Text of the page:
With Halloween in the rearview mirror, it is now time for us to focus our attention on the celebration of Christmas and how we can optimize the holiday for ministry impact. There is no mandate from Scripture to celebrate the birth of Jesus, but it does provide opportunities for us to talk about Him and to share Christ’s love with a lonely and hurting world. This is especially true in the lives of students who may not know much about Jesus and His birth, but they do understand love when they experience it and know of Christmas.
How do we make the most out of the holiday season? What can we do to make Christmas count? Here are some ideas:
• Share biblical messages. As you teach your students during this time, it is all the more important to give your students the facts and truth of the Bible — Jesus was prophesied about, His birth was heralded and He was born of a virgin. Those biblical facts are important as we help shore up our students’ biblical knowledge. It is not enough to simply share messages about the themes of Christmas. Let’s give our students the Bible.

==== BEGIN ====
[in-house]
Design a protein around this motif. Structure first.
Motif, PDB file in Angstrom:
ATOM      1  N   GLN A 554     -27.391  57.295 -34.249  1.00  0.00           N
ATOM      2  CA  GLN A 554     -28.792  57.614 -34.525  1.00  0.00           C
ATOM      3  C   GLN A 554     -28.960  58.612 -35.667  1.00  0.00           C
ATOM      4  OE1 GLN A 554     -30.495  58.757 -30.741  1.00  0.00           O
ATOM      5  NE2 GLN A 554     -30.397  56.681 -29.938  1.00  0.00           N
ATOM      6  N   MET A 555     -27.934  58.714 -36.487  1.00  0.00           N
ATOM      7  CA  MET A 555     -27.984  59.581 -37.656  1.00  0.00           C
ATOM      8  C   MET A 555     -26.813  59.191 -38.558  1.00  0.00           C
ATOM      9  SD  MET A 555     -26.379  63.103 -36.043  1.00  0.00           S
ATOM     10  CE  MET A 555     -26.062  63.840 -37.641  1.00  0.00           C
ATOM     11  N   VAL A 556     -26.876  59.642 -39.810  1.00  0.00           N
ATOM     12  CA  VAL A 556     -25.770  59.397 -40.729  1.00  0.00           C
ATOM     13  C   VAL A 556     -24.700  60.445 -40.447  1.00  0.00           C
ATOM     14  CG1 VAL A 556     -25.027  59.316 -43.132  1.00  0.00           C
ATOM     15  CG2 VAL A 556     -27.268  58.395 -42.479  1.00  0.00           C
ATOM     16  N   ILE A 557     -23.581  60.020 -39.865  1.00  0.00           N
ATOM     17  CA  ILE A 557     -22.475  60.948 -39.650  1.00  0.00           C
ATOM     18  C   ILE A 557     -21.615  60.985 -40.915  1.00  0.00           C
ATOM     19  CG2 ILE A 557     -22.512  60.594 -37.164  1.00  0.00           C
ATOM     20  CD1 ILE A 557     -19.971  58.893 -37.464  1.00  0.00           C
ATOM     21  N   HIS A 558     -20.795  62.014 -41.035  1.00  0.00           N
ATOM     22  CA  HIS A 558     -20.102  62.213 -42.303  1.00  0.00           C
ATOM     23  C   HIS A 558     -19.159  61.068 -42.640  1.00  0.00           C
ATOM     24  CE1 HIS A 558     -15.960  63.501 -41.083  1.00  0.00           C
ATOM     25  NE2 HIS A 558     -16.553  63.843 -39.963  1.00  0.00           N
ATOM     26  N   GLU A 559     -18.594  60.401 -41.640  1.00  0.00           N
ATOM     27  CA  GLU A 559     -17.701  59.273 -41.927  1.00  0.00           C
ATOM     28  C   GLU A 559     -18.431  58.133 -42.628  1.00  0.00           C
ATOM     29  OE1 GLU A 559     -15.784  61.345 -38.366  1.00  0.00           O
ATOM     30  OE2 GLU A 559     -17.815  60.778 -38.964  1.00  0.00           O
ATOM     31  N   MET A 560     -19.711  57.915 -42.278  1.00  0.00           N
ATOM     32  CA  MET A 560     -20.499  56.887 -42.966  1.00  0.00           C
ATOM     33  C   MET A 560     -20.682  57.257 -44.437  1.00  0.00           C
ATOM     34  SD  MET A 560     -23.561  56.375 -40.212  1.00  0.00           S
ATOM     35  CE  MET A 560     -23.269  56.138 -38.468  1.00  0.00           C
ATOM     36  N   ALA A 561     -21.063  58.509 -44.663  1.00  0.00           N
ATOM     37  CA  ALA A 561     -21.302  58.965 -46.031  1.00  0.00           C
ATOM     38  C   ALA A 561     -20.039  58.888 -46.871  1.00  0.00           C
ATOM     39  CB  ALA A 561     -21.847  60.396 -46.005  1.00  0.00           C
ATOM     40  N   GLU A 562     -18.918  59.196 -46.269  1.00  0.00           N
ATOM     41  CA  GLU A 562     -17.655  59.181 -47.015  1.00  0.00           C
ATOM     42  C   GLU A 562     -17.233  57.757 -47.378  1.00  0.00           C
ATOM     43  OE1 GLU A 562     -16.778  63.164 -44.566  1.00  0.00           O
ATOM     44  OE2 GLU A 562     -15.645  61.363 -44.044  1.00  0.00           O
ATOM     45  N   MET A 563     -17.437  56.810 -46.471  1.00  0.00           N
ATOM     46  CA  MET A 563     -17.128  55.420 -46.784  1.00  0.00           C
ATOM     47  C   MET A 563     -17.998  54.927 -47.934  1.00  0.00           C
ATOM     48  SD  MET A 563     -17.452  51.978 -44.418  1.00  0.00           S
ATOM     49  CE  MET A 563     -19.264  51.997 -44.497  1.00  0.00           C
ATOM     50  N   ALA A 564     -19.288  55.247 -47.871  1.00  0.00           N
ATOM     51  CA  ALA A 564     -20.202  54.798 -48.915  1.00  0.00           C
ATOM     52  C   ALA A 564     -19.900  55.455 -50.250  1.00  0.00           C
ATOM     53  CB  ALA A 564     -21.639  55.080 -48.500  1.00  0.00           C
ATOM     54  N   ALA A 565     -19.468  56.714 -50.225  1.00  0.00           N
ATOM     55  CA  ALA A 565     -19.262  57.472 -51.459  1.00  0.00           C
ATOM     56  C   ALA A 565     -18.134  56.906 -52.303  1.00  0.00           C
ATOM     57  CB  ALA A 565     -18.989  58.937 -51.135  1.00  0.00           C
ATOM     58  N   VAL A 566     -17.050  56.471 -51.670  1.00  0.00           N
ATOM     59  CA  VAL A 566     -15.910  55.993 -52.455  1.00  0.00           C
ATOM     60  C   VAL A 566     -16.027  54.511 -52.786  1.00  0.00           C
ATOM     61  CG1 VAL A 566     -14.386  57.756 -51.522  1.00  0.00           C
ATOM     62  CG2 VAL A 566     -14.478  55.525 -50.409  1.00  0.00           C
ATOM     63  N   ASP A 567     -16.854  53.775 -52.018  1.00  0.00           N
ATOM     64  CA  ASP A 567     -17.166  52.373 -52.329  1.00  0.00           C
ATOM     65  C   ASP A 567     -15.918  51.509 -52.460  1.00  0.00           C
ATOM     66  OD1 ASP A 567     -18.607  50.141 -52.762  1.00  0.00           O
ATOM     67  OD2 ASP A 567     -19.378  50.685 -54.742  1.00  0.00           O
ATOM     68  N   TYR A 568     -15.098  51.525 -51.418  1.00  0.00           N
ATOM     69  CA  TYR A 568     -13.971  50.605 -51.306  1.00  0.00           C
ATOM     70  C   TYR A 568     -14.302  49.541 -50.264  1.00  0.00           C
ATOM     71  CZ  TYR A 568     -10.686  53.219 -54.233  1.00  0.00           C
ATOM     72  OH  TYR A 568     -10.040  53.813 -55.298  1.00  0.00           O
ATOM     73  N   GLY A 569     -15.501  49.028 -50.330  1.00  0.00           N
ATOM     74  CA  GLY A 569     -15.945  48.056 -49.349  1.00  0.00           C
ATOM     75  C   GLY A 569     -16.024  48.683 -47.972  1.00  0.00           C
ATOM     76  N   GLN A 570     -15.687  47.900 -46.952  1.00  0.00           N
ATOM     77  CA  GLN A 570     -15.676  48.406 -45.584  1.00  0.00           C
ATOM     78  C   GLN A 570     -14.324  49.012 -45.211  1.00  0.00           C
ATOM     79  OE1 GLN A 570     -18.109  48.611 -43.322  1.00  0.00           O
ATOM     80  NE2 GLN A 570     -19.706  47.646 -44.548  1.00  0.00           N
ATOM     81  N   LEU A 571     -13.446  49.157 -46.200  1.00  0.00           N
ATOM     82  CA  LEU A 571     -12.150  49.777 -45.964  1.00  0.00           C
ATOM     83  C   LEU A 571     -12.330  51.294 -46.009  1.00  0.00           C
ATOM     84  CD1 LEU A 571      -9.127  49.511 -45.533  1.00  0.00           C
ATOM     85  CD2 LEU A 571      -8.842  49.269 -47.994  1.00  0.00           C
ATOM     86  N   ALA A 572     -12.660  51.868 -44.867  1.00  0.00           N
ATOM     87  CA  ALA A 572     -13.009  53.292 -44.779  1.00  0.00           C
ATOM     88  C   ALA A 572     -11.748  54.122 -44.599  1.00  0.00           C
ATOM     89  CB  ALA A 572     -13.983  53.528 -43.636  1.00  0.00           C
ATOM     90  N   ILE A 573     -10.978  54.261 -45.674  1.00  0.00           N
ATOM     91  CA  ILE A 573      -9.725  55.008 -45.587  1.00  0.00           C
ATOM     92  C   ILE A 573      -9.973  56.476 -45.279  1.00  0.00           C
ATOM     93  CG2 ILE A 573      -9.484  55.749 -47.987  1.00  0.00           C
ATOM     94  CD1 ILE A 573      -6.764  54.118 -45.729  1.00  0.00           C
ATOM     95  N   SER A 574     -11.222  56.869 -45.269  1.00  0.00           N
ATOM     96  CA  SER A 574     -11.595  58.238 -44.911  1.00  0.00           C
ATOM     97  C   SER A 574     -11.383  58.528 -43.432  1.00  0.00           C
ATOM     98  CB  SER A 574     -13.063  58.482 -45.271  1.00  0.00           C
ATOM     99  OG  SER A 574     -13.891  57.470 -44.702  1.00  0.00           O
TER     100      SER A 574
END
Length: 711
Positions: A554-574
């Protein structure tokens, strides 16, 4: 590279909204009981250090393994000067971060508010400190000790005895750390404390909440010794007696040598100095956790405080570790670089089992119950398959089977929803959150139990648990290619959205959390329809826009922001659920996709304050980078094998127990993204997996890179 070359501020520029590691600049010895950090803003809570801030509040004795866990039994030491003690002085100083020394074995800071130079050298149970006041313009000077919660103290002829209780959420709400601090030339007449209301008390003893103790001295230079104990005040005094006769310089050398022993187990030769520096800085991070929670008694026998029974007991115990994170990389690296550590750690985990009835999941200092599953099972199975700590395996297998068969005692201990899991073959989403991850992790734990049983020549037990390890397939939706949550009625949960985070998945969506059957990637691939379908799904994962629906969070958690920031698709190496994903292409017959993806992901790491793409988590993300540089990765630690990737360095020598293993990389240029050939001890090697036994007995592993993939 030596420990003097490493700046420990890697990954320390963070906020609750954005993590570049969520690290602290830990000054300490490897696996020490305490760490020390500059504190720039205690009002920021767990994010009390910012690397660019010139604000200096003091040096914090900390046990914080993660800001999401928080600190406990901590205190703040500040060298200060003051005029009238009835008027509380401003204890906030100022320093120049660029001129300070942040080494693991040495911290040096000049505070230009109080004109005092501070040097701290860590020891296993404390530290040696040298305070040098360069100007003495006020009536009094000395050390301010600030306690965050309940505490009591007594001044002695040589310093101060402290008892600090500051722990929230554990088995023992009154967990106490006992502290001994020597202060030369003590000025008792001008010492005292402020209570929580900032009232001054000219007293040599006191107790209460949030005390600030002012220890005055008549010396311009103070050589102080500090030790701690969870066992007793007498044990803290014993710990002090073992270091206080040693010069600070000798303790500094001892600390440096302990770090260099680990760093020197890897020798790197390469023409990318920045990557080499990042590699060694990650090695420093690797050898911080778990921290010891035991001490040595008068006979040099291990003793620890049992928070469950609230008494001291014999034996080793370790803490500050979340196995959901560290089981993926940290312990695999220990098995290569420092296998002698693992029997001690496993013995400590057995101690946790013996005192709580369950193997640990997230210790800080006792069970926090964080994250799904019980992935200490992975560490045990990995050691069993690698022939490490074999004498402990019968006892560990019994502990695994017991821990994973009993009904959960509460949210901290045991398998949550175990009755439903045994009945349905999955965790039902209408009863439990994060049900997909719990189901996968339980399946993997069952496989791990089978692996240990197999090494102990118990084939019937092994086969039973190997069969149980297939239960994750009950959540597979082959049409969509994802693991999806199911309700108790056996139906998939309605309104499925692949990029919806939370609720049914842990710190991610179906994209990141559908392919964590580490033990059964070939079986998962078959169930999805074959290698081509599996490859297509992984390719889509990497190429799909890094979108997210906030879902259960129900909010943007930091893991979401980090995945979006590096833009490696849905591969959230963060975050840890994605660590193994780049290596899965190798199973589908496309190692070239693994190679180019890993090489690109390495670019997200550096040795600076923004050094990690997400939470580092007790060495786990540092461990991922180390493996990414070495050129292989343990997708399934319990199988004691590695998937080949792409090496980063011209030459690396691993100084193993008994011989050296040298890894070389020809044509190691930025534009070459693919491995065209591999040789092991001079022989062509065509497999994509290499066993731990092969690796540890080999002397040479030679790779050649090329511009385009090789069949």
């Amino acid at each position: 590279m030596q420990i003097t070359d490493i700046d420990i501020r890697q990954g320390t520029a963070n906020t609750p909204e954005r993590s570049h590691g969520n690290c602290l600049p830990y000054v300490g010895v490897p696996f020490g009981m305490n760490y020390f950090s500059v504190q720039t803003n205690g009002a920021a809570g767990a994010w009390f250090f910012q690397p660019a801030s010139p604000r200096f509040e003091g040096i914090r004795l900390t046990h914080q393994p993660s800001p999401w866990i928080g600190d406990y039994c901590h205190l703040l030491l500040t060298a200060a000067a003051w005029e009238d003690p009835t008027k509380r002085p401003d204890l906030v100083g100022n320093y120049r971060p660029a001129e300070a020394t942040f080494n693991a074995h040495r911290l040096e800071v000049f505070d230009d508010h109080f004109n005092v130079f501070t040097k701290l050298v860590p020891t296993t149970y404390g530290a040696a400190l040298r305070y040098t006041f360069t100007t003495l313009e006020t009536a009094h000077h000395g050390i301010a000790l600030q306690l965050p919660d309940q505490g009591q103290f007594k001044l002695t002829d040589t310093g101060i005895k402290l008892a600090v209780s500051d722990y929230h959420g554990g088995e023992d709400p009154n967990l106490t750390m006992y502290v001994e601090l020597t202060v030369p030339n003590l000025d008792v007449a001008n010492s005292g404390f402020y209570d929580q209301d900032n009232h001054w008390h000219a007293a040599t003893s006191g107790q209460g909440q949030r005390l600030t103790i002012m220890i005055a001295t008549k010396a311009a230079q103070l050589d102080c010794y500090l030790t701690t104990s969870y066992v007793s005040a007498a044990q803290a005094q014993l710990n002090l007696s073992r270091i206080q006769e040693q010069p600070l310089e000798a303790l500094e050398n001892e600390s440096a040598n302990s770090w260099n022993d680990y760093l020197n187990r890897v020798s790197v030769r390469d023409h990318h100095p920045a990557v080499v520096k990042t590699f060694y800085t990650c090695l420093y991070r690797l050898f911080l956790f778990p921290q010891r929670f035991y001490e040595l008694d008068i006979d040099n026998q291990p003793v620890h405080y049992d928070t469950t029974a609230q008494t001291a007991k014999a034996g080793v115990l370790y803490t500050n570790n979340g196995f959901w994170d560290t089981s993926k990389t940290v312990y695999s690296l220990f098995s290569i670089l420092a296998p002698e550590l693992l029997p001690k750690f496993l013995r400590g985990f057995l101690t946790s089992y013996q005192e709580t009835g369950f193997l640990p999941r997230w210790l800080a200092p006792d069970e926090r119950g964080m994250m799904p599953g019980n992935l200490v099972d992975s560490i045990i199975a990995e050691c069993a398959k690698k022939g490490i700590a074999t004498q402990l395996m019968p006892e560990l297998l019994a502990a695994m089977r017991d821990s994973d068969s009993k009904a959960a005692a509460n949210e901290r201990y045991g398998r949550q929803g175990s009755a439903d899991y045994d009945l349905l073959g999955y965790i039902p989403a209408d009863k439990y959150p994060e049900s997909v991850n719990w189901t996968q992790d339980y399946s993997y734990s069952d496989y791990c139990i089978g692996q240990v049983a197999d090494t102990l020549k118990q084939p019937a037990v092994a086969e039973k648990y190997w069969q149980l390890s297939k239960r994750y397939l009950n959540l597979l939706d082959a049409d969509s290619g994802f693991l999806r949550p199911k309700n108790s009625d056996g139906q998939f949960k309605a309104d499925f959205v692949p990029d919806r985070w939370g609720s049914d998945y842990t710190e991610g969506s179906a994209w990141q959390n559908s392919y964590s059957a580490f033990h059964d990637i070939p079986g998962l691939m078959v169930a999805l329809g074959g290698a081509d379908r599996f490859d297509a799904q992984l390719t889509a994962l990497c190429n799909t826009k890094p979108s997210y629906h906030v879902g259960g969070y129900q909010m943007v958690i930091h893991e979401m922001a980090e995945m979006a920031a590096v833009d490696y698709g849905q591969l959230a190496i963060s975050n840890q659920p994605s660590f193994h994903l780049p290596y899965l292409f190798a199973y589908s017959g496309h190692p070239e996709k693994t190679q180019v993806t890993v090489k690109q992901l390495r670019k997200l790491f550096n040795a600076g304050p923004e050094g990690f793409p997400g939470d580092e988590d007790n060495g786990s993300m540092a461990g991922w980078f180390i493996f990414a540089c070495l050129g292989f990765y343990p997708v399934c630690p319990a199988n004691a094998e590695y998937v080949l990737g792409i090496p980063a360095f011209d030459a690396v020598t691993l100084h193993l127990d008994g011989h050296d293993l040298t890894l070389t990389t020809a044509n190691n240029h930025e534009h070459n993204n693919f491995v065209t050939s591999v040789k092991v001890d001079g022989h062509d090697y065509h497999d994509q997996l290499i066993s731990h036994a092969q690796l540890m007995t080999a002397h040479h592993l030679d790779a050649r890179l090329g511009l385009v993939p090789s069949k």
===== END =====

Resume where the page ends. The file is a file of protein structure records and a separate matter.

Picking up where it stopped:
• Look for needs to be met in our local church body. To help your students understand service, it is important to start by investigating the church you are connected with. The “one anothers” of Scripture point us to helping and serving one another. That is a lesson our students need to learn while they are in student ministry. It may be a single parent needing a night out to do some Christmas shopping. It may be a widow who needs some company. It might be an elderly church member who needs some leaves raked and repairs done.
• Look for opportunities for students to serve in the community. It doesn’t simply need to be something you or your students want to do. It should be something the community needs. See where God is working and join Him there. Henry Blackaby shared that concept, and it still holds true today. If we aren’t careful, we will simply seek out those things we like to do and make us feel good. Our goal should be to seek out ways to love our neighbors and neighborhoods in a way that provides value to the community.
• Don’t forget the fun. There is great joy in celebrating Jesus’ entry into the world. As you work with students and children, there are plenty of ways to embrace the joy of the season. Look for God-honoring ways to do just that.
I’m not sure what the holidays look like at your church, but with some intentionality, they can be used to make an impact for the gospel.